Even before he became one of South by Southwest's four founders, Louis Meyers knew how things worked.
In 1987, the first year of the Austin, Texas, music conference, Meyers was working in that city as a promoter, manager, agent and talent booker. (He ran the 1,000-seat venue Liberty Lunch, which is now defunct.) Over the next seven years, the born-and-raised Austinite helped build South by Southwest into the country's most vital destination for music-industry insiders and their targets. Every spring, Meyers' hometown was the place for labels and agents to convene and scope out the nation's best new talent.
"The reason South by Southwest worked for the industry is because we took the time to be the A&R people," Meyers says. "We cleared through thousands of showcase entries to find a few hundred acts that we felt were ready to be seen by the industry. It was critical to me personally that every act at South By was worth seeing, that nobody could walk away going, 'How the hell did that band get booked at this thing?' "
But by the eighth year of the fest, Meyers had grown frustrated. "That year, there were 640 acts, and my goal was to scale that back to around 500," he says. "Now, of course, there's 2,300 official acts. And what you lose by having that many acts is quality. You can't prescreen all that talent efficiently and put it out in a way where the industry can digest it. And so I felt that the continued expansion of South By was — I don't want to say greedy but find a nice way to say greedy."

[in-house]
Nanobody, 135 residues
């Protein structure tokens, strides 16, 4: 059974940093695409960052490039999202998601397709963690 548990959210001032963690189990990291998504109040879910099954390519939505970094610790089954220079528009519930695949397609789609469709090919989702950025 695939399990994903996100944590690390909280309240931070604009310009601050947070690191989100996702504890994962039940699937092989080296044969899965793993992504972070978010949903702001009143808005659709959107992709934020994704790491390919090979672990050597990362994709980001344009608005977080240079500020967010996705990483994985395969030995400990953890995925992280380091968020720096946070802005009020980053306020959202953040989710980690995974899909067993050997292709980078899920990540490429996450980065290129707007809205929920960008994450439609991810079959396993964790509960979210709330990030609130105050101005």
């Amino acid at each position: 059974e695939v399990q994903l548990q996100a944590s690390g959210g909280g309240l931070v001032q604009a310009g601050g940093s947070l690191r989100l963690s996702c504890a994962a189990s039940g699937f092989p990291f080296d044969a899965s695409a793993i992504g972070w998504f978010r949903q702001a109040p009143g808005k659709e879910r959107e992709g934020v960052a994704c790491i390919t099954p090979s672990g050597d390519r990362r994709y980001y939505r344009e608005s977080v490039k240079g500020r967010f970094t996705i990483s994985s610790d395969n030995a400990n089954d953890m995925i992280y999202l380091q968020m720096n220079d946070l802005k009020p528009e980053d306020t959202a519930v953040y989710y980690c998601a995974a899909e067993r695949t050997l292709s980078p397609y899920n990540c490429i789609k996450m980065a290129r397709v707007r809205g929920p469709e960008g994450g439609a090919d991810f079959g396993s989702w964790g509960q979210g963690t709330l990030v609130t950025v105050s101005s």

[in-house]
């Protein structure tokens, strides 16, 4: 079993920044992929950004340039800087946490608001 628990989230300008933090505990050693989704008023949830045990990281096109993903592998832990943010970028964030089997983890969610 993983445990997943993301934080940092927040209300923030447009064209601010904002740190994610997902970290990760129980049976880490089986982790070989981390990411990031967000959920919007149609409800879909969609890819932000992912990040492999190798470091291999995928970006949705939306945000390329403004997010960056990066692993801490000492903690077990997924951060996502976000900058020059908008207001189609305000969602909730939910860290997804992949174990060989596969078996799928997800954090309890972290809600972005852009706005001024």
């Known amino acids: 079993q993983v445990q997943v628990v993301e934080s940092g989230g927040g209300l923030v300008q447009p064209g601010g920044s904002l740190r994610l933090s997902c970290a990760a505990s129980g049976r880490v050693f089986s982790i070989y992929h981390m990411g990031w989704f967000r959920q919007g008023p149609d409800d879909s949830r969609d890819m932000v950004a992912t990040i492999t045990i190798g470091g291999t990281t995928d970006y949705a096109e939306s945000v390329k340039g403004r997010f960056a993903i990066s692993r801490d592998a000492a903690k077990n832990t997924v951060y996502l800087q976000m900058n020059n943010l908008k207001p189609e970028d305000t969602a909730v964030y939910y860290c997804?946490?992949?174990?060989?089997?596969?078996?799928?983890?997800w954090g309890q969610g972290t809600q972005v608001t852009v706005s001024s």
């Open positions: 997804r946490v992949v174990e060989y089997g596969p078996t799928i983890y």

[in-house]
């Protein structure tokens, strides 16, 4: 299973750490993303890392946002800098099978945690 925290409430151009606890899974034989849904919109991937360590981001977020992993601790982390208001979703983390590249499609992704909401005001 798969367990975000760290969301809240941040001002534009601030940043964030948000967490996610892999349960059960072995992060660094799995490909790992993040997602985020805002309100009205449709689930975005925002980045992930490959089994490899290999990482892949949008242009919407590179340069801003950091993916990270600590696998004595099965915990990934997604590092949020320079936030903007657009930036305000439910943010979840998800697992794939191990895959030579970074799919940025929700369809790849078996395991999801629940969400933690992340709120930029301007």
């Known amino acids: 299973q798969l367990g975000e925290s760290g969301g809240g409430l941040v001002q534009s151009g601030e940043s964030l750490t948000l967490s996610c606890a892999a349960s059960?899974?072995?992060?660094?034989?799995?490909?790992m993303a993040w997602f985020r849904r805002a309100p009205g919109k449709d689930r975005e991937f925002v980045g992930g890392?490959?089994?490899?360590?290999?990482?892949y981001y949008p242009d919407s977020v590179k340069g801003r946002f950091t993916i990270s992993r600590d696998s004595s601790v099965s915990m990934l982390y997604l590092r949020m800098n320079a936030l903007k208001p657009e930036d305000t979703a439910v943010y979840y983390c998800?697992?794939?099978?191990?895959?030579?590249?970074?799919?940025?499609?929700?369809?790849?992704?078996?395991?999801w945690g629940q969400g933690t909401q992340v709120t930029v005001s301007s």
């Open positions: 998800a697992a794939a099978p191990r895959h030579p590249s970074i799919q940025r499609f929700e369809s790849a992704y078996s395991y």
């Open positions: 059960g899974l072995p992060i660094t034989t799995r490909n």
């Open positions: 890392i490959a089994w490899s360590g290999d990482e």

So, in 1994, Meyers sold his share of SXSW and, as he puts it, "retired." In the years that followed, he lived on an island in Denmark; ran a music conference in New Orleans; moved to Amsterdam and put together a SXSW-style event for the Dutch government (it was marred by 9/11); and finally returned to Austin to run a 24/7 music TV channel.
Concurrent to some of these activities, Meyers was a member of Folk Alliance International, a nonprofit dedicated to promoting and celebrating folk music through education, networking and an annual three-day conference.
"I'd been going to their conference for about five years and bitching to the people in charge about all the ways it could be better," Meyers says. "Finally, they said, 'Put your money where your mouth is,' and offered me the position of executive director. That was nine years ago."
Until last year, Folk Alliance International kept its headquarters in Memphis. But the organization recently resettled in Kansas City. And its conference — which draws more than 2,000 registered participants for music showcases, panels, workshops and, now, a music camp — will be held at the Westin and Sheraton hotels at Crown Center through 2018. (The first KC-based conference is scheduled for February 19-23, 2014; Graham Nash is the keynote speaker.)
Meyers also now operates the Folk Store, at 509 Delaware in the River Market. Here, he sells vintage and new music equipment, with an emphasis on strings: guitars, dobros, ukuleles. (The shop has been gently opening over the past few weeks, but its grand opening is set for 10 a.m.–6 p.m. Saturday, August 24.)
"The store is our way of trying to get to know the community here," Meyers says. "The conference is an international event, but it's only one weekend a year. We want to make it easy for people to walk in and interact all 52 weeks of the year. We're ultimately planning to do in-stores and meet-and-greets with musicians coming through town on gigs — things like that."